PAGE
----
Why couldn't his be B or D?

Last post 05:35 am October 31, 2015
by Ian Mitchell
3 replies
03:51 pm October 28, 2015

I took the Product Owner Open Assessment and missed only the following. I chose "D" after deliberating between "D" & "B". Could anyone expand on why "B" is the better answer?

How does an organization know that a product built through Scrum is successful?

Correct answer: B)
You chose: D)

A) By measuring that velocity has increased since the last release

B) By releasing often, and updating key performance indicators (KPIs)
on value after every release and feeding this information back into
work on the Product Backlog

C) By measuring the actual time spent on development versus the
time estimated for development

D) By the Product Owner and stakeholders accepting the Increment
at the Sprint Review

Your input is much appreciated.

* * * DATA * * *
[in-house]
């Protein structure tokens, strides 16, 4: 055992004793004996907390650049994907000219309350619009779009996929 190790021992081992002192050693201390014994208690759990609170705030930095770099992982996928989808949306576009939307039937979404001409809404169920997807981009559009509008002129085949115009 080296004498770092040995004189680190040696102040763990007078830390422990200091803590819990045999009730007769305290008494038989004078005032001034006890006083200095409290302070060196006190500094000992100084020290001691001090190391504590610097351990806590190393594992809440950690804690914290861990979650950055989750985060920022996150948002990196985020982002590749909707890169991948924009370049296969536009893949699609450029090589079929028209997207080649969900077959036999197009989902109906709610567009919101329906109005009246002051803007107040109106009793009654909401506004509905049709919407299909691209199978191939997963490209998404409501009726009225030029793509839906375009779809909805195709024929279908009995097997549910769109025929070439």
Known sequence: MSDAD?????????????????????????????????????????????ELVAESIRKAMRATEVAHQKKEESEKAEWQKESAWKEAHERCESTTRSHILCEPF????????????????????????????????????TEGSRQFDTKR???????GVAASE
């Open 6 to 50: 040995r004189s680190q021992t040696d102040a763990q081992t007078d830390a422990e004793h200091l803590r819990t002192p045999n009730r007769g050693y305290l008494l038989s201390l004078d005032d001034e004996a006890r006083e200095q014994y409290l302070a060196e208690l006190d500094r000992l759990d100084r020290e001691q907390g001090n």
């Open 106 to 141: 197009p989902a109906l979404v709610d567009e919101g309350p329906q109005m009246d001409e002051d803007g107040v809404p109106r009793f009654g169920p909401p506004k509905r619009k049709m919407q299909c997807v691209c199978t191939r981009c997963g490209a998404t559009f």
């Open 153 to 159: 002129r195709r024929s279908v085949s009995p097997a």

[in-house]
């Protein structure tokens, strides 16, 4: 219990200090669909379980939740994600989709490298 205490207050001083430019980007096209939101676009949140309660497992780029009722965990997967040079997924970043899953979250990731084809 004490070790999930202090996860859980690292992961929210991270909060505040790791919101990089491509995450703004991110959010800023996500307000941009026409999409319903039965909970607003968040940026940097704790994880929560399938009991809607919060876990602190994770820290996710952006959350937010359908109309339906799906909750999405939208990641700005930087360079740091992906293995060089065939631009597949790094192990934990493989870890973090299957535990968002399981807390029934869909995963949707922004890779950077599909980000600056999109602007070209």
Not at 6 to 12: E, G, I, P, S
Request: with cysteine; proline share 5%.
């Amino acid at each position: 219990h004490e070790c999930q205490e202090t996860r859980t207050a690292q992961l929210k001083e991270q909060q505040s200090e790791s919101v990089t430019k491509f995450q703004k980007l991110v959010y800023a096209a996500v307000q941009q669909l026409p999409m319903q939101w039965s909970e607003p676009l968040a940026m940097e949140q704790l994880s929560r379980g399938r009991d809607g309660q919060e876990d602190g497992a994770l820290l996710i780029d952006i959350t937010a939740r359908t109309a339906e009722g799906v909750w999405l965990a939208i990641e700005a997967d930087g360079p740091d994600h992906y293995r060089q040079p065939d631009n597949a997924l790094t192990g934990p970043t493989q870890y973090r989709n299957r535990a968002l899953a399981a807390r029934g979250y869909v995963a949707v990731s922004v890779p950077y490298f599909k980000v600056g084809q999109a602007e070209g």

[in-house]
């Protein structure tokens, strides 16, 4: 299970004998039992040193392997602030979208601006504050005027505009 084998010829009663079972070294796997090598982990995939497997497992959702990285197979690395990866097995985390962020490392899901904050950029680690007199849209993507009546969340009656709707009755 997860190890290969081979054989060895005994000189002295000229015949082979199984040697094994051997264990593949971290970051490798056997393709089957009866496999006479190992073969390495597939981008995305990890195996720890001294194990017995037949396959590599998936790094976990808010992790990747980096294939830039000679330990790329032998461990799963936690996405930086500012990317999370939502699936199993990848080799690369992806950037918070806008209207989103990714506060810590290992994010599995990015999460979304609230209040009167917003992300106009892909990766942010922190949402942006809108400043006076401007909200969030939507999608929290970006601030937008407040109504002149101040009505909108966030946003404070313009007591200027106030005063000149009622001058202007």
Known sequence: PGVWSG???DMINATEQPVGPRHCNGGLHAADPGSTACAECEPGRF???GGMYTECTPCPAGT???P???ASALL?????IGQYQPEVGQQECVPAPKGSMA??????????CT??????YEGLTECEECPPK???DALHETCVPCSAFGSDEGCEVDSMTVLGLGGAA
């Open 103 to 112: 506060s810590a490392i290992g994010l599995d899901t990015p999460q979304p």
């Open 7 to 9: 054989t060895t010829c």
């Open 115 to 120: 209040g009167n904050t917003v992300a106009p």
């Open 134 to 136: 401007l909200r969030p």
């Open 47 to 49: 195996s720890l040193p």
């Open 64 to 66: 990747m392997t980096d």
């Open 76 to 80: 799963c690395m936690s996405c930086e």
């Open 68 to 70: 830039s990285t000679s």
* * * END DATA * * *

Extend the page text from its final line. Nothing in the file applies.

04:15 pm October 28, 2015

Hi Phillip,
I would suggest that it is only after the intended audience use the product and feedback does the understanding of value be realised.
Until that point there is an assumption that you are building a good thing. If the stakeholders and PO are happy, that is great - now they can test the assumption.
How many movies bombed as the audience didn't like them?
Can you think of any product that just confounds you how it got in to the public domain?
The assumption that they were going to be used wasn't tested.
Hence, B is the better feedback to rely on.


04:16 pm October 28, 2015

The PO orders the Product backlog with incomes like estimate of effort and ESTIMATES of business value.

At the Sprint review, the PO and stakeholders have an accurate view of the current state of the product, they observe that the process is actually delivering "something" as expected, but they still don't know if the Scrum team is building the right product.

Only after the release to the market can the PO collect effective datas (KPI) on the true value of the product.

05:35 am October 31, 2015

This question is about empiricism, and why it is important in Scrum. Acceptance of an increment in a Sprint Review is not empirical evidence of its suitability or success; it is merely a decision to release into an environment where such evidence may be obtained.